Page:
I hate it when an article title present a question and then draws out the answer until you are over half-way through the material. So I started with the answer on this post.


Of course you could have guessed that answer pretty easily. But as I have been thinking about this issue lately, another dimension to this question came to mind.


Turning the way-back machine to 1999 – I was involved in a start-up as part of the Dot.Com boom (and bust). We had a technology that provided Enforceable Online Transactions. We calculated that there were 50 billion transactions every hour, or something like that, on the planet. And we only had to capture a fraction of that to get rich. Sadly – that was not the result. But at the time many people would ask me if I was afraid to take the risk of having a job like that. Start ups are a risky place to be. I could lose my job at any time.


My answer to the less-risky people in my life was that I thought they should be more afraid for their jobs. I was developing new and valuable skills and knowledge while theirs were going stale. At some point, technology and innovation would automate or displace their jobs – which has happened, although not to everyone – yet.


So this same thought occurred to me recently but in a different context. My Dot.Com experience lead me in to a constantly innovating career path. For example, I was a pioneer in the legal pricing space. And I continue to embrace and lead new ideas and approaches. So I have considered my job positions to be relatively safe, since I am leading the change and not being eaten by it. But then I realized even with that approach, I still have risk. With all of the chaos right now in the legal market (merger mania, etc.), who knows what the future holds for any of us. Positions can be eliminated or dramatically altered or firms can implode or merge into other firms.




But then I thought back to my Dot.Com thinking. It’s not that any job I have will necessarily be sustaining. It’s that I am always reaching for new and exciting skills and experiences. Stay nimble and stay adaptive. That’s the best strategy for staying “safe” in this new, fast-changing job market. Adding another layer to this – it’s not just about staying up on tech. Understanding blockchain will have some value. Understanding how to turn that knowledge into revenue and profit has a much higher value.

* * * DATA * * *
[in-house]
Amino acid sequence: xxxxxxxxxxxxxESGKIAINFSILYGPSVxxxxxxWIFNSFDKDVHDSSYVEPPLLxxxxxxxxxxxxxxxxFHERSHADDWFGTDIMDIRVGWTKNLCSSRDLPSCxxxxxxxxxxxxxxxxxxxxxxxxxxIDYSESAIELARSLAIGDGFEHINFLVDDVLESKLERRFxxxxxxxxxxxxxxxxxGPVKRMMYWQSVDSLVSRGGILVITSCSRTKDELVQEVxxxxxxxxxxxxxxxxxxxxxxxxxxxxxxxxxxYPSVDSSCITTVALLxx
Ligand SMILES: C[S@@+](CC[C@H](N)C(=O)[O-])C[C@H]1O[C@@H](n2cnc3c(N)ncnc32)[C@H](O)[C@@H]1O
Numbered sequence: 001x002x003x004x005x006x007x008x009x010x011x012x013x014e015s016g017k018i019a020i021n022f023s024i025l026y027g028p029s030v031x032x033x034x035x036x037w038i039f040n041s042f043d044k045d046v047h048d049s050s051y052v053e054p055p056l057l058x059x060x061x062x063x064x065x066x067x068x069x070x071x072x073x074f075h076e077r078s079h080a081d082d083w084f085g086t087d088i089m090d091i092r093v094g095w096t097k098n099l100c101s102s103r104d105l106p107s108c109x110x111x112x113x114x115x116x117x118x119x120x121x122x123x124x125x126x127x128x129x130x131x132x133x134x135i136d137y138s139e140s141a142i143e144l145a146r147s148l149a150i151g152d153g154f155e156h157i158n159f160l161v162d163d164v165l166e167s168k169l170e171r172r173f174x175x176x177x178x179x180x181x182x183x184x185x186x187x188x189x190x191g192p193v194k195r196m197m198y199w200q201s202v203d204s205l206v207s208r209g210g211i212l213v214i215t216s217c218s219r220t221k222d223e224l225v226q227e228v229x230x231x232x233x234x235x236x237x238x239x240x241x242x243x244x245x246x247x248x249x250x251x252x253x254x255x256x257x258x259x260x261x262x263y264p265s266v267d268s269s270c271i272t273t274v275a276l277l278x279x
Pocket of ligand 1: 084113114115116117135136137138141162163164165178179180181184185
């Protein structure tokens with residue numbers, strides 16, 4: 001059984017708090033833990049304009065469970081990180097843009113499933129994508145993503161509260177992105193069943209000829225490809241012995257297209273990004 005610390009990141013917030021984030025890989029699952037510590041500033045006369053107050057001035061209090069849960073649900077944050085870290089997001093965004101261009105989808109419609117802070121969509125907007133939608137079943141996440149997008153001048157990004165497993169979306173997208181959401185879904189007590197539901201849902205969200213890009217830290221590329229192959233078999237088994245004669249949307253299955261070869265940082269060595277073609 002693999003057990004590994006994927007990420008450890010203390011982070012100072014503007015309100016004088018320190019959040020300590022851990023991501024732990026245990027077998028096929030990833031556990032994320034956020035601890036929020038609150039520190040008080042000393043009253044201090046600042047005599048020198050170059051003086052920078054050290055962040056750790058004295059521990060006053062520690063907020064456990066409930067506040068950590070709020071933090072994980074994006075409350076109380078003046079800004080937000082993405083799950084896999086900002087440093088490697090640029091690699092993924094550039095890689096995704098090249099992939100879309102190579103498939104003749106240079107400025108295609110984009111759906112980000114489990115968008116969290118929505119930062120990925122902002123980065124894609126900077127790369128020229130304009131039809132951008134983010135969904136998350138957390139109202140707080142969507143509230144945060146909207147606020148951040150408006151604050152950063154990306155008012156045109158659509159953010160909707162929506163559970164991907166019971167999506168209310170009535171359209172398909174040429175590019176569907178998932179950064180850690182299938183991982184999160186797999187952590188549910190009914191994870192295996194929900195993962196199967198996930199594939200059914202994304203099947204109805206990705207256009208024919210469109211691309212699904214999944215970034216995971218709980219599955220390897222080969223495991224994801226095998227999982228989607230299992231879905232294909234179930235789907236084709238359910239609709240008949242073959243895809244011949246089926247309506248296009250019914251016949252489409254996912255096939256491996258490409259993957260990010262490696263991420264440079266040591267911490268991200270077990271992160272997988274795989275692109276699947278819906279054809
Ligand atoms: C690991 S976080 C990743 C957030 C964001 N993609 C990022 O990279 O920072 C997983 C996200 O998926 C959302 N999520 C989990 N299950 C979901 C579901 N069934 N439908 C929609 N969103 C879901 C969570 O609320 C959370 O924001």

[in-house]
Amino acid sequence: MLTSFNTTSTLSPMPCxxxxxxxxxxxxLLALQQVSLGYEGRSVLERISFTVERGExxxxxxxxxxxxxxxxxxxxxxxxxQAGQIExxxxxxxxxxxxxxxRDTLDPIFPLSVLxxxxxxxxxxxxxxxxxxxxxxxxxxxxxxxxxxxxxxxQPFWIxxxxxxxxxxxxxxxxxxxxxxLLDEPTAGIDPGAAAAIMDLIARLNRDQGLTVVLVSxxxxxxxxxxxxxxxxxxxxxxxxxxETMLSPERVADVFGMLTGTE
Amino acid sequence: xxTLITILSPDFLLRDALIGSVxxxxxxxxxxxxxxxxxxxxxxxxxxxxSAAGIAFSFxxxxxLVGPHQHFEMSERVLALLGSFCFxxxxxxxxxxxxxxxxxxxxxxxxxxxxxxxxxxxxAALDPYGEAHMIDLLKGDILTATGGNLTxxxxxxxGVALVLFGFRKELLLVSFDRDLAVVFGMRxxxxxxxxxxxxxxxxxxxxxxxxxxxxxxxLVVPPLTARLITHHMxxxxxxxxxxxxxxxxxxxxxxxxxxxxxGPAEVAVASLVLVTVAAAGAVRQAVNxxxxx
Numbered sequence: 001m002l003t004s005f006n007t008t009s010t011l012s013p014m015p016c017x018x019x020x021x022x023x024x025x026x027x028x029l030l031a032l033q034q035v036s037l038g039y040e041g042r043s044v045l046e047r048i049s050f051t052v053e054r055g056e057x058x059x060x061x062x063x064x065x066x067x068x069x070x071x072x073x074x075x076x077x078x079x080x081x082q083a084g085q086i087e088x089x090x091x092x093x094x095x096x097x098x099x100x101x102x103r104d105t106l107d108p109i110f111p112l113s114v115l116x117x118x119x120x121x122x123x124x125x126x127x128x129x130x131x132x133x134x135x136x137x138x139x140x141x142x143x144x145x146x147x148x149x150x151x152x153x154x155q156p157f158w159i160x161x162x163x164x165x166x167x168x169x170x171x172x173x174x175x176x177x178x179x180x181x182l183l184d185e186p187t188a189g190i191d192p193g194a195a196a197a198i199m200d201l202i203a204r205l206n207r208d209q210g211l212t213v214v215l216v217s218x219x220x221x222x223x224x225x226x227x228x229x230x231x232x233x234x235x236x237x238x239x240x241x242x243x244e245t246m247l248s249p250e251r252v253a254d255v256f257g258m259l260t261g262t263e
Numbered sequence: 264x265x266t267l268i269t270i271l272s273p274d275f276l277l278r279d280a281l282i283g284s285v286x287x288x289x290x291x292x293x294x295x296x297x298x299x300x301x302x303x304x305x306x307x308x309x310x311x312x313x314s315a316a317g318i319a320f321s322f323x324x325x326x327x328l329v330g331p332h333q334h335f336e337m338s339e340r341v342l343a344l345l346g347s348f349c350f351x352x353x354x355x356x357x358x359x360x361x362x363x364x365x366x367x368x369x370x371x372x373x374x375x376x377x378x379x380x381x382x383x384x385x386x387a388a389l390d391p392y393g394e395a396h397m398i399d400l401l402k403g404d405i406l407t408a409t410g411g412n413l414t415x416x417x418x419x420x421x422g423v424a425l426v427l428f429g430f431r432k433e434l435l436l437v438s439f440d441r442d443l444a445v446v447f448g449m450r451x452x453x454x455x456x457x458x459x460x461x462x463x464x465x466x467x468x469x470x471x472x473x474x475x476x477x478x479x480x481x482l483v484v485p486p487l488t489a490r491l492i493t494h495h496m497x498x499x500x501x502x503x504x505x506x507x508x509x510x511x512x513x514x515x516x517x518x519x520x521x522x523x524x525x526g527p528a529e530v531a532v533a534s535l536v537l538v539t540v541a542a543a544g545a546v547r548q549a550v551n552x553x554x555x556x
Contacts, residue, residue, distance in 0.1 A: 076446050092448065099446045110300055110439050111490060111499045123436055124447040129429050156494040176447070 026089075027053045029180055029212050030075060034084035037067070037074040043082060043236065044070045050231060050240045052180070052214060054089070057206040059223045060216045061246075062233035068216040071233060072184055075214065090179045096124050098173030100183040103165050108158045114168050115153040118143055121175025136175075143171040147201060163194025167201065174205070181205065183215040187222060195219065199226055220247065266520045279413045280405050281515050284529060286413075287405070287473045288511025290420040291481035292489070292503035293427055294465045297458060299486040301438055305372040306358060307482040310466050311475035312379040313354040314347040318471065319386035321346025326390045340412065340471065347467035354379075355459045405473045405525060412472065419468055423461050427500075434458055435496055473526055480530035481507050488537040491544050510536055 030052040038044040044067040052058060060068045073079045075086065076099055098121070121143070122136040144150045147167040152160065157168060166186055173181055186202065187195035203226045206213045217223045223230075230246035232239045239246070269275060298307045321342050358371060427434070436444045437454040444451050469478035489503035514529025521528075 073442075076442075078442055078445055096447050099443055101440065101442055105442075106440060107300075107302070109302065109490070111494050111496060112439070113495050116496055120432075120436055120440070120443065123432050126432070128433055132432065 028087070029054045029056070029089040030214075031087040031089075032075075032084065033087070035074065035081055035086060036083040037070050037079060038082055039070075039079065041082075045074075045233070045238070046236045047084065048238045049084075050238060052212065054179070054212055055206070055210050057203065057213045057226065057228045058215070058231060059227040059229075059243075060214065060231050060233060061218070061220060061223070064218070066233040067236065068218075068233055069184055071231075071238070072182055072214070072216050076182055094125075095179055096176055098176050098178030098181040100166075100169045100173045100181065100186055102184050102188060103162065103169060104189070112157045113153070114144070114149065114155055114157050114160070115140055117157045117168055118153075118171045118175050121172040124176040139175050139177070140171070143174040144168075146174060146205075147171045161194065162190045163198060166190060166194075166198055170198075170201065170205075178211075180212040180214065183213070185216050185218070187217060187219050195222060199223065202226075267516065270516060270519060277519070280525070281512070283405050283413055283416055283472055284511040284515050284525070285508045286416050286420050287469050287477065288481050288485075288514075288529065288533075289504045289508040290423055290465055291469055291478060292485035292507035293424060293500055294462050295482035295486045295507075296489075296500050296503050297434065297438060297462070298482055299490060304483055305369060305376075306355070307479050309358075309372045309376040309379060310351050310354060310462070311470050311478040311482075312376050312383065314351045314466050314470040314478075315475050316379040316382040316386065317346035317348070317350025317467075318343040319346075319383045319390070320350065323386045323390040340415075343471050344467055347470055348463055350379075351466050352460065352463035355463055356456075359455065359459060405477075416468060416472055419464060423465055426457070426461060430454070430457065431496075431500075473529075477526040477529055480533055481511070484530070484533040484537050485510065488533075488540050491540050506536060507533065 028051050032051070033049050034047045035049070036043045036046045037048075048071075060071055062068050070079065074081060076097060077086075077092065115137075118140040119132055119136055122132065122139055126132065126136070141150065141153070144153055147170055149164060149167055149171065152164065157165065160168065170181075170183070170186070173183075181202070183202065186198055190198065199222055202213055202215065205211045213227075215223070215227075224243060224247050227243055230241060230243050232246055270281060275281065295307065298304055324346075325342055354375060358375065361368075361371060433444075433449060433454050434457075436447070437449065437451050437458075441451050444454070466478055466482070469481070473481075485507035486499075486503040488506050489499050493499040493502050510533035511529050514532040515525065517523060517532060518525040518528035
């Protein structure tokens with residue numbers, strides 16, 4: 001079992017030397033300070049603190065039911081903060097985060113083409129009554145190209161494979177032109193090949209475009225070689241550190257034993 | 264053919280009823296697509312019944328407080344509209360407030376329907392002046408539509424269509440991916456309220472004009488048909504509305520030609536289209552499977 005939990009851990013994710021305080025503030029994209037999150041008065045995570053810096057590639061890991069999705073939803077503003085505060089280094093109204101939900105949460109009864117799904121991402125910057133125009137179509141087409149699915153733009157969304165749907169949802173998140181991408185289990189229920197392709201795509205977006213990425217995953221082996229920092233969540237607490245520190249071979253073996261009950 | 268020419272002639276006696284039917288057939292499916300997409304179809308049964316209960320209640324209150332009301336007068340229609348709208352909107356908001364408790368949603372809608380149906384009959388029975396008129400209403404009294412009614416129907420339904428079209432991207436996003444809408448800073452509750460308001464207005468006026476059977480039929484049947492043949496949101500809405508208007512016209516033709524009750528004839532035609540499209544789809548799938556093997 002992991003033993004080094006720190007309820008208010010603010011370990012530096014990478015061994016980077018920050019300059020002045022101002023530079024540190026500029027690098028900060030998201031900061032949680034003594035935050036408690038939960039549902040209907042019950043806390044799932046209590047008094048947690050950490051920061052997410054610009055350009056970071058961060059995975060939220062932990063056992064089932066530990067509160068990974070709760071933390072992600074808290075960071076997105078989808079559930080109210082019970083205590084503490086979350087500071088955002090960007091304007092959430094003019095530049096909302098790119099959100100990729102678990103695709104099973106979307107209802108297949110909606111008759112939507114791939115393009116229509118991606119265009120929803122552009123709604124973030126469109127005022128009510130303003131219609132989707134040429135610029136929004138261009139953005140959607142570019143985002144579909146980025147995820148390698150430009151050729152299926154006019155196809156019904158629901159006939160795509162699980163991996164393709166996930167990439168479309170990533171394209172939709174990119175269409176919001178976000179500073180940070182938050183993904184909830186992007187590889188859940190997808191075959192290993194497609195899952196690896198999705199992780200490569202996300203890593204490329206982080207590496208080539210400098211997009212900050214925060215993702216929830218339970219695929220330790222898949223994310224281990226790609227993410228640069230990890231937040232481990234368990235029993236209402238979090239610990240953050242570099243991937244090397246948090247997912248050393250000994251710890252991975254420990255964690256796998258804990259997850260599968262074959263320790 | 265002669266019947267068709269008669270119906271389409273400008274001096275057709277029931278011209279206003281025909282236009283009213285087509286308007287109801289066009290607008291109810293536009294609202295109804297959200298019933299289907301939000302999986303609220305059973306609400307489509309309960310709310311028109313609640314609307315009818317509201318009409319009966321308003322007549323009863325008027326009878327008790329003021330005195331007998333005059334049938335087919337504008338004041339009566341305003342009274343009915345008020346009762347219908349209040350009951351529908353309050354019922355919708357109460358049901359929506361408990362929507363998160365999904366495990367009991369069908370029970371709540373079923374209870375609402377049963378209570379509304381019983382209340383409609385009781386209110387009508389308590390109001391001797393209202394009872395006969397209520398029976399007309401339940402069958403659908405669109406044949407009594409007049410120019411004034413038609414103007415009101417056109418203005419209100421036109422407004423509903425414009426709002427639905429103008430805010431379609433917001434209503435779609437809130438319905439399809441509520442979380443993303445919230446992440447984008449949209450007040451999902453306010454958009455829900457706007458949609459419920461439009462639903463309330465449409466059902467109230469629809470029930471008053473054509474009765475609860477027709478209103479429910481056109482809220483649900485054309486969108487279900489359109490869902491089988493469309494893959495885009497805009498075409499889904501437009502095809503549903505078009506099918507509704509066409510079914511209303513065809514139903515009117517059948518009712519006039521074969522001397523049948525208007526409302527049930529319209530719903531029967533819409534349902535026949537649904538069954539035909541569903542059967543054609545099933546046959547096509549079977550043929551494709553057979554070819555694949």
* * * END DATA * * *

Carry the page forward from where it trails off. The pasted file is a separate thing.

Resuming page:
Which brings me back to my prior point – if you are in an old-school “safe” job, you should be worried. And in an ironic twist, if you are risk averse and want to be safe in your career, you better take some risks.

Over the past month I have given about a dozen talks in large conference settings with hundred of people, or at smaller intimate partner/ counsel lunches, or for people spanning the globe via webinar. The discussions have ranged in content and theme but all were legal industry favourites including:

  • the state of the legal industry 10 years out from the great recession of 2018;
  • the seat change from Baby Boomers to Millennials in firms, and what that means for the way work is done, how people are motivated and what success looks like;
  • competitive intelligence – what is means in and for the legal industry right now;
  • personal branding for lawyers and non lawyers and why it matters; and
  • emerging legal technology tools, adoption techniques, use cases and efficiency plays;

In each room and with each discussion, there have been those who have heard it all before, who are frustrated by the inertia of the industry and who bristle at hearing it all again. But the majority of the market whether in house or outside counsel, senior partner or fresh faced associate, law clerk or technologist are very much grappling with what to do and how to make sense of all of the changes happening in the industry. The proverbial “they” suggest that the only constant is change.  And the legal industry is very much in the middle of it. There are changes to the way the law is practised, with more and ever changing legally focused technology, reduced hourly billing in face of less demand and more alternatives to traditional firms, predictive analytics around litigation, artificial intelligence supporting contract review and the list goes on. These are changes unique and special to the legal industry, whereas the need to define a personal brand, to provide the right kind of feedback to engage millennial employees and stay one step ahead of the market, are universal business concerns not unique to the legal industry at all.

When taken together, it is not just the pace of change that seems overwhelming but also the various types of change that are making moving ahead a daunting task. Should the focus of industry training be on soft skills like communications or harder more disciplined skills like the rule of law? Should we teach coding to lawyers or law to coders? These are tough questions, questions with no definitive answers for the moment. We need the legal industry to adapt to the ways of the post internet/AI world with new business models, new compensation and reward models and much more client focus. This we know. How each firm or department gets there – will be entirely culturally specific and one organization’s first move may be another’s crowning jewel.  Just as every firm was created to fill a specific void and found its own niche, so too will each firm find its way to adapt.  Or it won’t, and some firms will go the way of the dinosaurs….but maybe there is another way. A differed approach to thinking about the industry change.